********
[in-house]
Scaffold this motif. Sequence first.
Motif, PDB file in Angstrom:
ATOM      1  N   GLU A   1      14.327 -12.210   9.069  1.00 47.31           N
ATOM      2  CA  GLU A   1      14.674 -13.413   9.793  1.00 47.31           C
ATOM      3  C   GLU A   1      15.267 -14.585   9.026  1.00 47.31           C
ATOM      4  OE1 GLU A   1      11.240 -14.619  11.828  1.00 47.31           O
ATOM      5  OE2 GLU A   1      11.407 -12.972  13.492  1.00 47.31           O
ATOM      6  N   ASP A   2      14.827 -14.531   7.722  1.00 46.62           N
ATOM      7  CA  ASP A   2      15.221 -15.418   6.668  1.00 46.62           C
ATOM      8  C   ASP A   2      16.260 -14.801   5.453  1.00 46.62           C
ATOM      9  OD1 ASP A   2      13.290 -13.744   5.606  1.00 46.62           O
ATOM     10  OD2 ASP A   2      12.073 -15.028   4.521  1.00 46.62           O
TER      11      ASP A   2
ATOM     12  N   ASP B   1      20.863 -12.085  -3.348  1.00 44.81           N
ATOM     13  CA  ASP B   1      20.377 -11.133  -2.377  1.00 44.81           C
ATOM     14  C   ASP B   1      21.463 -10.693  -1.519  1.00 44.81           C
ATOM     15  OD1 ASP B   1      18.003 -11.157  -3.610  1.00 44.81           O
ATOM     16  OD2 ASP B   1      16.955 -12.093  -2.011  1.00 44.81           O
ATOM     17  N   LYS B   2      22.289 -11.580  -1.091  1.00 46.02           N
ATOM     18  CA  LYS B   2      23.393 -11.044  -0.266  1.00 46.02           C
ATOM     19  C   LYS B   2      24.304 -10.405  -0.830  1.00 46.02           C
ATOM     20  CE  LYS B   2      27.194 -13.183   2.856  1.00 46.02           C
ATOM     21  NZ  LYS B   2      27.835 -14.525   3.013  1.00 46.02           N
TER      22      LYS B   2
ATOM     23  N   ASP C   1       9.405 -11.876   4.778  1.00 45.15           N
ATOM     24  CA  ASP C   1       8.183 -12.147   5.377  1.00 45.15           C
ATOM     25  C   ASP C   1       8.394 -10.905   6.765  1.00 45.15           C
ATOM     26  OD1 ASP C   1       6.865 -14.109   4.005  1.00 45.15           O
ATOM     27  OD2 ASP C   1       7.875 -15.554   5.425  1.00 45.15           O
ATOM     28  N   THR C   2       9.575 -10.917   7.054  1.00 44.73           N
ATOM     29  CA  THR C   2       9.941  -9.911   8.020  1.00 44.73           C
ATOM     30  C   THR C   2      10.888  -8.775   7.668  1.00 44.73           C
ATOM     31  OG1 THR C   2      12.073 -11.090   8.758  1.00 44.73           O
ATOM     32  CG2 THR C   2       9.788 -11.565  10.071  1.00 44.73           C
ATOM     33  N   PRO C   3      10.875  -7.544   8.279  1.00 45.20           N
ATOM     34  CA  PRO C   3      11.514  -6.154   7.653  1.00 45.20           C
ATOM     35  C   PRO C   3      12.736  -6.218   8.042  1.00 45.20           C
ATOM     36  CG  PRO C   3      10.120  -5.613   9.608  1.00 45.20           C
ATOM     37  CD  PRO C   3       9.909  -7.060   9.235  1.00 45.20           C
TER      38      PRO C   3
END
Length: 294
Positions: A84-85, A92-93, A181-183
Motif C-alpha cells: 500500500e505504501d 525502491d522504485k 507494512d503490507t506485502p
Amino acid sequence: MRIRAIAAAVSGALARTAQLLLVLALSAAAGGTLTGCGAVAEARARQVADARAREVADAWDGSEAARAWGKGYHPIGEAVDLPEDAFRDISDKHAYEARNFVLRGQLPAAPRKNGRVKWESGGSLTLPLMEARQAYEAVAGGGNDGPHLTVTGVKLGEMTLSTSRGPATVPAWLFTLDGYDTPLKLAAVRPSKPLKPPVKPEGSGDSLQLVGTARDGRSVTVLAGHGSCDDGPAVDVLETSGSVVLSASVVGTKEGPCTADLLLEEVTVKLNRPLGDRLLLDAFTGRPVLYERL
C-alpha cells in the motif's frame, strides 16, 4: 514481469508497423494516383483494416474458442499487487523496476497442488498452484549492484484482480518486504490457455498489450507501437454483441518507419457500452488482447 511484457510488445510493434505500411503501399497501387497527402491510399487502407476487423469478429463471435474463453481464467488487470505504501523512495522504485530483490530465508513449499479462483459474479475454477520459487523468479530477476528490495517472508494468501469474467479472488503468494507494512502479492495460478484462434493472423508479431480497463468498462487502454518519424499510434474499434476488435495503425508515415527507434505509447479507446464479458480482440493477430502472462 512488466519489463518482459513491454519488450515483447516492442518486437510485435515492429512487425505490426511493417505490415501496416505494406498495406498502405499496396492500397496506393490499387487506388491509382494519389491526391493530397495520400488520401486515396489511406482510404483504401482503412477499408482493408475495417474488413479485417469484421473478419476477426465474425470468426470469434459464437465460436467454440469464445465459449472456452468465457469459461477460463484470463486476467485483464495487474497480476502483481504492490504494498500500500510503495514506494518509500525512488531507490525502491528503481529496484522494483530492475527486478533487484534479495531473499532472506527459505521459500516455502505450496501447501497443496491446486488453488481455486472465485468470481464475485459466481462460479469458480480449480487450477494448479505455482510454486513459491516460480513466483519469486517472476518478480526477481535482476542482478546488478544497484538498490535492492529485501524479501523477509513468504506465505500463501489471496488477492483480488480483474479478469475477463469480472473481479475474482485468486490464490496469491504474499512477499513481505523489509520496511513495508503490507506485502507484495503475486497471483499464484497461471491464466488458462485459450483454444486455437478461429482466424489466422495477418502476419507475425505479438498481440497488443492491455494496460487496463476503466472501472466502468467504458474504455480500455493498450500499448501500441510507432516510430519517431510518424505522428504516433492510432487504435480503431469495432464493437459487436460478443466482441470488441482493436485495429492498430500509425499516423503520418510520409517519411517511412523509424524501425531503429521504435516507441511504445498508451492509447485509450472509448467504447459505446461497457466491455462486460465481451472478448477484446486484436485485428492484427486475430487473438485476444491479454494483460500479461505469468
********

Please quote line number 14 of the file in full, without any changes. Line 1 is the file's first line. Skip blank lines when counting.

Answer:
TER      11      ASP A   2